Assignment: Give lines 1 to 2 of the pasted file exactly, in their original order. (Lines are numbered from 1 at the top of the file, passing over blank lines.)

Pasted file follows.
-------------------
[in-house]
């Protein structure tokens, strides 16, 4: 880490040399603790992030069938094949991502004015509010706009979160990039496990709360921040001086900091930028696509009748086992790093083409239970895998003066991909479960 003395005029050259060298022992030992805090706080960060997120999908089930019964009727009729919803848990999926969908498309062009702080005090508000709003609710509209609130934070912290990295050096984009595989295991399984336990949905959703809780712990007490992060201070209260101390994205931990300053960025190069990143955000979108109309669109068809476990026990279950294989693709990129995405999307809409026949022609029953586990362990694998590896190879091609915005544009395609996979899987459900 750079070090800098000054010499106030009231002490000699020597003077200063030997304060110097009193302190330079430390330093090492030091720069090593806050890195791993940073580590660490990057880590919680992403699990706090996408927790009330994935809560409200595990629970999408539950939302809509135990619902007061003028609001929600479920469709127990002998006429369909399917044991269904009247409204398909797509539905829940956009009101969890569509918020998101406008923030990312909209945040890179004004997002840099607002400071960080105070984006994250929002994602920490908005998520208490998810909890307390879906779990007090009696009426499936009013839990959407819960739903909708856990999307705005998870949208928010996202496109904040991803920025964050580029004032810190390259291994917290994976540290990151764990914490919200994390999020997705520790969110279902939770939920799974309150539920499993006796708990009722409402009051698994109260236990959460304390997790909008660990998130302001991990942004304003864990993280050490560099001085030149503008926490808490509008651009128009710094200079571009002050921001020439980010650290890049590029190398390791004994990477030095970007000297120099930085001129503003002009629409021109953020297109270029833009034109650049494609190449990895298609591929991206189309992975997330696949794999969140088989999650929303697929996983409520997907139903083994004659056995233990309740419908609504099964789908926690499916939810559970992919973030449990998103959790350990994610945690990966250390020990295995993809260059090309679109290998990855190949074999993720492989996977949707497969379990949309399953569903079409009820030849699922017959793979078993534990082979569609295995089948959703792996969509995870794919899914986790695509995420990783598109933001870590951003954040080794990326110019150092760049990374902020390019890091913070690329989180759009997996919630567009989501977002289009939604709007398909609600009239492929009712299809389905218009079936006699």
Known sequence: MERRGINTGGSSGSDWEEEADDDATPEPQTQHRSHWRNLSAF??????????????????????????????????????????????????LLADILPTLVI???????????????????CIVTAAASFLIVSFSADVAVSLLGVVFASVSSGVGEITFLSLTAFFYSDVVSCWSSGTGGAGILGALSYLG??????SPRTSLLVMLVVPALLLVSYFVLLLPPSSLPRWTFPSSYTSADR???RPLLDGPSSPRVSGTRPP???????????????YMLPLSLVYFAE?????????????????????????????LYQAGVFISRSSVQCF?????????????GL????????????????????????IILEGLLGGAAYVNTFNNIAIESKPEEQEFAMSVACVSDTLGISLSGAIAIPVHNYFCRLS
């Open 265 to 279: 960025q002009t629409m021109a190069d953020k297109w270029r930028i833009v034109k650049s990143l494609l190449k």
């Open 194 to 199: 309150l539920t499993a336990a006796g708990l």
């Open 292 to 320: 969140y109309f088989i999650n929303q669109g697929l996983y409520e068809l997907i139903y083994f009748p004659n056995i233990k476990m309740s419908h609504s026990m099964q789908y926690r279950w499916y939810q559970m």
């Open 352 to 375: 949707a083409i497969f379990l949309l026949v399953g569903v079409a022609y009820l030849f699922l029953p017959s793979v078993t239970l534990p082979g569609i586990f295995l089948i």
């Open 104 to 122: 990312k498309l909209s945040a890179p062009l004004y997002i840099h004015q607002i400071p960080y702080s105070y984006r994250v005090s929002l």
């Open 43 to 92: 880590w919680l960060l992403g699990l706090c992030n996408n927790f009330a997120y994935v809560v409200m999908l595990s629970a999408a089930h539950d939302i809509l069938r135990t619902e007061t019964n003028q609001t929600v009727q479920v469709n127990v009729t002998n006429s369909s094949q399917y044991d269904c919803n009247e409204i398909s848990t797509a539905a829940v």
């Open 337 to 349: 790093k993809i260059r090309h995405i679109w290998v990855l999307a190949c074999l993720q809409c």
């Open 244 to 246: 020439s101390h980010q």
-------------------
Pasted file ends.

[in-house]
């Protein structure tokens, strides 16, 4: 880490040399603790992030069938094949991502004015509010706009979160990039496990709360921040001086900091930028696509009748086992790093083409239970895998003066991909479960 003395005029050259060298022992030992805090706080960060997120999908089930019964009727009729919803848990999926969908498309062009702080005090508000709003609710509209609130934070912290990295050096984009595989295991399984336990949905959703809780712990007490992060201070209260101390994205931990300053960025190069990143955000979108109309669109068809476990026990279950294989693709990129995405999307809409026949022609029953586990362990694998590896190879091609915005544009395609996979899987459900 750079070090800098000054010499106030009231002490000699020597003077200063030997304060110097009193302190330079430390330093090492030091720069090593806050890195791993940073580590660490990057880590919680992403699990706090996408927790009330994935809560409200595990629970999408539950939302809509135990619902007061003028609001929600479920469709127990002998006429369909399917044991269904009247409204398909797509539905829940956009009101969890569509918020998101406008923030990312909209945040890179004004997002840099607002400071960080105070984006994250929002994602920490908005998520208490998810909890307390879906779990007090009696009426499936009013839990959407819960739903909708856990999307705005998870949208928010996202496109904040991803920025964050580029004032810190390259291994917290994976540290990151764990914490919200994390999020997705520790969110279902939770939920799974309150539920499993006796708990009722409402009051698994109260236990959460304390997790909008660990998130302001991990942004304003864990993280050490560099001085030149503008926490808490509008651009128009710094200079571009002050921001020439980010650290890049590029190398390791004994990477030095970007000297120099930085001129503003002009629409021109953020297109270029833009034109650049494609190449990895298609591929991206189309992975997330696949794999969140088989999650929303697929996983409520997907139903083994004659056995233990309740419908609504099964789908926690499916939810559970992919973030449990998103959790350990994610945690990966250390020990295995993809260059090309679109290998990855190949074999993720492989996977949707497969379990949309399953569903079409009820030849699922017959793979078993534990082979569609295995089948959703792996969509995870794919899914986790695509995420990783598109933001870590951003954040080794990326110019150092760049990374902020390019890091913070690329989180759009997996919630567009989501977002289009939604709007398909609600009239492929009712299809389905218009079936006699």